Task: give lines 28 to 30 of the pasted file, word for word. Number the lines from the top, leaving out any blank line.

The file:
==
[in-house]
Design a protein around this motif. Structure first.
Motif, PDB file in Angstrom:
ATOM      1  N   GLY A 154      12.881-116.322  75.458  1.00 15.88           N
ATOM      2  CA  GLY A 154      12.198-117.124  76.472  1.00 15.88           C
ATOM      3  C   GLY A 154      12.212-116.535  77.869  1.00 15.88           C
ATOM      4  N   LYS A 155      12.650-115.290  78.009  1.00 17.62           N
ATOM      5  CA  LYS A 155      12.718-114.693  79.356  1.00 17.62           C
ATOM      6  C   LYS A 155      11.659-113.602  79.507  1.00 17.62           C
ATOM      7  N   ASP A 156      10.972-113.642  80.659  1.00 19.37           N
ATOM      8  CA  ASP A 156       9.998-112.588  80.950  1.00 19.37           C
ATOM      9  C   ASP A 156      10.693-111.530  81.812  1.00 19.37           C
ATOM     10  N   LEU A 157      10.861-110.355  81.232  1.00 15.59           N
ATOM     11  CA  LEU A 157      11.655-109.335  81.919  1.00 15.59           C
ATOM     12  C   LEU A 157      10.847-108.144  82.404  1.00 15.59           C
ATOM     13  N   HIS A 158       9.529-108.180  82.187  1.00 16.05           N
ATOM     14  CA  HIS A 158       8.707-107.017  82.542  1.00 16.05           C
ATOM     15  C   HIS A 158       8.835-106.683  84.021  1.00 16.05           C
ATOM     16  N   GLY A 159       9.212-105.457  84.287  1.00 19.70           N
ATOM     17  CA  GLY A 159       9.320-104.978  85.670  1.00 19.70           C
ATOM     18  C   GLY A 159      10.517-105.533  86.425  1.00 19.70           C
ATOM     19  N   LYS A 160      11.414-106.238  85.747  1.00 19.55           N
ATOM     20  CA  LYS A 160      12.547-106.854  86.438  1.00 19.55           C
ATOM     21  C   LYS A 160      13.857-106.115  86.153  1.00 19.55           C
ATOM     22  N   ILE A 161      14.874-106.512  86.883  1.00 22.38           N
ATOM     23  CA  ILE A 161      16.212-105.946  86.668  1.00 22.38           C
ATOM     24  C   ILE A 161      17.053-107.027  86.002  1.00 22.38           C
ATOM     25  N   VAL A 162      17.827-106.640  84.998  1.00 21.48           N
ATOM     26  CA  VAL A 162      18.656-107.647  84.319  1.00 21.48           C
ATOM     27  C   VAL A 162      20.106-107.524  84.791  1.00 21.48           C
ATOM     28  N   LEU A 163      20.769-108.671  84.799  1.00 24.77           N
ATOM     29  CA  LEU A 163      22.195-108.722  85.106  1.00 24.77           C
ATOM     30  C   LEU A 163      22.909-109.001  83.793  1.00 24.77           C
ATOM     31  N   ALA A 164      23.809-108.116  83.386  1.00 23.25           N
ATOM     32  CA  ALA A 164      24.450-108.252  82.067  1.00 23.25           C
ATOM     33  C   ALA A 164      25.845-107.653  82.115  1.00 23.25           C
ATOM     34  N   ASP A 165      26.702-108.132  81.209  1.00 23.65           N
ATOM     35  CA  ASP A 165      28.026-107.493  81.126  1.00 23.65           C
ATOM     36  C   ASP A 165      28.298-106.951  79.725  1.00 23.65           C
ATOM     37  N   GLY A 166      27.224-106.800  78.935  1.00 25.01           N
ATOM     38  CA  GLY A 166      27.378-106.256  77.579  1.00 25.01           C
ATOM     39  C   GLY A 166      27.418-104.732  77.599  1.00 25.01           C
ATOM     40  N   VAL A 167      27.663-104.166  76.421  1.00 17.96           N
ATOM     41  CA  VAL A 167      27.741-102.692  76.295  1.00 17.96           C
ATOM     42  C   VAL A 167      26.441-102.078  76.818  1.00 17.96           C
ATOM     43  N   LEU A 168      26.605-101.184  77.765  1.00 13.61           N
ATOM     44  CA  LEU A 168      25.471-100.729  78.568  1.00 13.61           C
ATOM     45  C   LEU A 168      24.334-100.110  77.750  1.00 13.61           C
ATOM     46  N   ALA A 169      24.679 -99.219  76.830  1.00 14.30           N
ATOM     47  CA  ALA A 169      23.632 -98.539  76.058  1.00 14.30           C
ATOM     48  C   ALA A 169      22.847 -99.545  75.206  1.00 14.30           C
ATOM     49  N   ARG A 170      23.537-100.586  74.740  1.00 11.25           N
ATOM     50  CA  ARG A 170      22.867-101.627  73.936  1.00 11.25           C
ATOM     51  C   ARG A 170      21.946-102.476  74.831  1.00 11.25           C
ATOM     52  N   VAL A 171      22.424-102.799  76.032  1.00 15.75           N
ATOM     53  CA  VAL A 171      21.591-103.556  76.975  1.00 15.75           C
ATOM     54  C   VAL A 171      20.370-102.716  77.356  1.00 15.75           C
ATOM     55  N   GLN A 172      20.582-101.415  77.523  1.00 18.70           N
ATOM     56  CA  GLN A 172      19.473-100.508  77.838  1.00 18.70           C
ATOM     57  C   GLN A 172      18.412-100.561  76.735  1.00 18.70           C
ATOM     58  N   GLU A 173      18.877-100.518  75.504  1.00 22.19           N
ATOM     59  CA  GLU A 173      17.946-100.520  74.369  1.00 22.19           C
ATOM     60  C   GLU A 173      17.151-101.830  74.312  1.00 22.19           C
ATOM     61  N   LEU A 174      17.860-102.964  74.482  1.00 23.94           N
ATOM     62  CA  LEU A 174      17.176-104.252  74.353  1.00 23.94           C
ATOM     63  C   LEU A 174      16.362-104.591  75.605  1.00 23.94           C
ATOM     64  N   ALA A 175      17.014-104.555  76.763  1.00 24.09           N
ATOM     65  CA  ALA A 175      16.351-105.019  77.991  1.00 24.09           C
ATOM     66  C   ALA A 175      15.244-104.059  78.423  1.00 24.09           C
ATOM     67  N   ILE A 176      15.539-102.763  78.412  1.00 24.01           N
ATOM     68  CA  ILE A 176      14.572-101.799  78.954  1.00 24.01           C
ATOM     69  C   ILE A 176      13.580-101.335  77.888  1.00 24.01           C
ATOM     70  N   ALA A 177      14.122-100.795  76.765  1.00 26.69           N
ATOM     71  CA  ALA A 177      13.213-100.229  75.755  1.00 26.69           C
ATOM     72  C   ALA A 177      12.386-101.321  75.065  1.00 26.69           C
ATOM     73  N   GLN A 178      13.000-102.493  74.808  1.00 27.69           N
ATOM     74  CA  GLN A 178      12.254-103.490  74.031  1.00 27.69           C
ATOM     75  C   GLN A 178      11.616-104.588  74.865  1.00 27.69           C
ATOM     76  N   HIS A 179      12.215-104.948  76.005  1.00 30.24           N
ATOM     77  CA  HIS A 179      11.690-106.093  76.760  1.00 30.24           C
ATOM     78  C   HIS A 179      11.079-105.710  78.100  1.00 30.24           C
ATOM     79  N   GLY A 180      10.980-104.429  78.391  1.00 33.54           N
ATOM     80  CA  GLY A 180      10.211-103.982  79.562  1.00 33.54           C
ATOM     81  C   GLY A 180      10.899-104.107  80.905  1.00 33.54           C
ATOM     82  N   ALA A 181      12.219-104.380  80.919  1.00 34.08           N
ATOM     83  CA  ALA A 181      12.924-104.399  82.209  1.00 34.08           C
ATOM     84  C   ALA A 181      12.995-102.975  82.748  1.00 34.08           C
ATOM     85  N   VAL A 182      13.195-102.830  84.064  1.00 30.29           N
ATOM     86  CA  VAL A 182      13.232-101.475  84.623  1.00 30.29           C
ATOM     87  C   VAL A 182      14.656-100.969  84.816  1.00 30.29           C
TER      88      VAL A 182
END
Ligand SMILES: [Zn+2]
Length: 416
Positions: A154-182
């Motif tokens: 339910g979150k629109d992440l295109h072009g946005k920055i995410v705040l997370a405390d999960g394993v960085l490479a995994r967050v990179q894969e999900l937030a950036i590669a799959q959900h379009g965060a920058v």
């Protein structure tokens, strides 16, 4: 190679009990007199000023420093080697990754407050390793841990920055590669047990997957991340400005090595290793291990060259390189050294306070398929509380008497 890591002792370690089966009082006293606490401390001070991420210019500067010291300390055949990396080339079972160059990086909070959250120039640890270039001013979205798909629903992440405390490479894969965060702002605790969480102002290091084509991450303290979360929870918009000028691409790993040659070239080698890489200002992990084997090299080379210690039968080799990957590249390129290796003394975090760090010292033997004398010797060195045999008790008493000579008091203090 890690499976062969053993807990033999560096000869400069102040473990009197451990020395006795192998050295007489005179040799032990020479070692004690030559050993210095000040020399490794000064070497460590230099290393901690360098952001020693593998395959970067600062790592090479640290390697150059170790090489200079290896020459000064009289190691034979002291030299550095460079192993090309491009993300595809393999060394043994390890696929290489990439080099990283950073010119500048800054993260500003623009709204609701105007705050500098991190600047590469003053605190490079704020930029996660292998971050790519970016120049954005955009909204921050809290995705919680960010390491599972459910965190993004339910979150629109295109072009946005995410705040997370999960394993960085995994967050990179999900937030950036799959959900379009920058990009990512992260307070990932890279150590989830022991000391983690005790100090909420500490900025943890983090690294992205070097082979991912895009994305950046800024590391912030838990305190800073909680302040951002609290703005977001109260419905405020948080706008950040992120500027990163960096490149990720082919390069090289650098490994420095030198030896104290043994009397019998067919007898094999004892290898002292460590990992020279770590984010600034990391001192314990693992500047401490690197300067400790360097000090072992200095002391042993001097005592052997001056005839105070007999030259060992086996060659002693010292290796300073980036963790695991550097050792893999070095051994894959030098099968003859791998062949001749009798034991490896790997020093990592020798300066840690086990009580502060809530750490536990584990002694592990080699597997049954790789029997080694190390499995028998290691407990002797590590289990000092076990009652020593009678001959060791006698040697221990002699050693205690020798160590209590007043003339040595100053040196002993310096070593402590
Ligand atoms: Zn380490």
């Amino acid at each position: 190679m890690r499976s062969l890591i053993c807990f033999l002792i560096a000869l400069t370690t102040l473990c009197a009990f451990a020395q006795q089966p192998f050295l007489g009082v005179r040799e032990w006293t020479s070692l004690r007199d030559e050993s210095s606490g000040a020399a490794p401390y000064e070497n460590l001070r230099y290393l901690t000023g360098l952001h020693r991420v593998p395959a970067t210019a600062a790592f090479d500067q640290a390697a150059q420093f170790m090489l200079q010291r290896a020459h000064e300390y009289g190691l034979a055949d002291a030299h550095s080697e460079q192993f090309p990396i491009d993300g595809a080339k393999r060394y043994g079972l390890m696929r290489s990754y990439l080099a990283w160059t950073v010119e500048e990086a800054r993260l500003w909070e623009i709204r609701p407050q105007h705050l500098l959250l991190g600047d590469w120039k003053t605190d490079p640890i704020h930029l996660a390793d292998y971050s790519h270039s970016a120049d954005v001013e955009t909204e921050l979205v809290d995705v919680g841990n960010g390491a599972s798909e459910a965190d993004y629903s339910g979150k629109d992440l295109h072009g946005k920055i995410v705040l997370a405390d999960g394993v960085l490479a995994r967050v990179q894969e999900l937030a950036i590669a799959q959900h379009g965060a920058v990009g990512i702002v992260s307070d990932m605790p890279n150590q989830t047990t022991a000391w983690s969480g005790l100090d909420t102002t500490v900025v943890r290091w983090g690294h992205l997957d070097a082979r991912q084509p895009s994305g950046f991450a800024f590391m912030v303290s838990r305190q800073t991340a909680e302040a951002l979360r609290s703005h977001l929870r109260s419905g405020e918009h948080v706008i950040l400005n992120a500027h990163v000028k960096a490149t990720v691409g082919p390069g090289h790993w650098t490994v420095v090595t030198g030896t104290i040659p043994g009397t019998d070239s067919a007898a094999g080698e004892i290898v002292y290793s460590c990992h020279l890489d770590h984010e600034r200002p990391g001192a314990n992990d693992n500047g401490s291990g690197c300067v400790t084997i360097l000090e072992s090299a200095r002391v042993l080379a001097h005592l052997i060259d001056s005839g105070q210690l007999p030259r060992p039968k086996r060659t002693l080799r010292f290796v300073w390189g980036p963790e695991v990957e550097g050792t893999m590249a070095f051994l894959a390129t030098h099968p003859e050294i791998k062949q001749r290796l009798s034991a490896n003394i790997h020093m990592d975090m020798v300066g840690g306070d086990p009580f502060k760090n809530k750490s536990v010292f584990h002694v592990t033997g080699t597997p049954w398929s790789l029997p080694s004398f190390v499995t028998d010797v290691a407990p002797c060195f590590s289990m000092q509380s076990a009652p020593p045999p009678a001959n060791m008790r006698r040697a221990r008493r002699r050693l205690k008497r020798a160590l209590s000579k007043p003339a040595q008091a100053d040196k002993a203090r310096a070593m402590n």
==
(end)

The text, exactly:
ATOM     25  N   VAL A 162      17.827-106.640  84.998  1.00 21.48           N
ATOM     26  CA  VAL A 162      18.656-107.647  84.319  1.00 21.48           C
ATOM     27  C   VAL A 162      20.106-107.524  84.791  1.00 21.48           C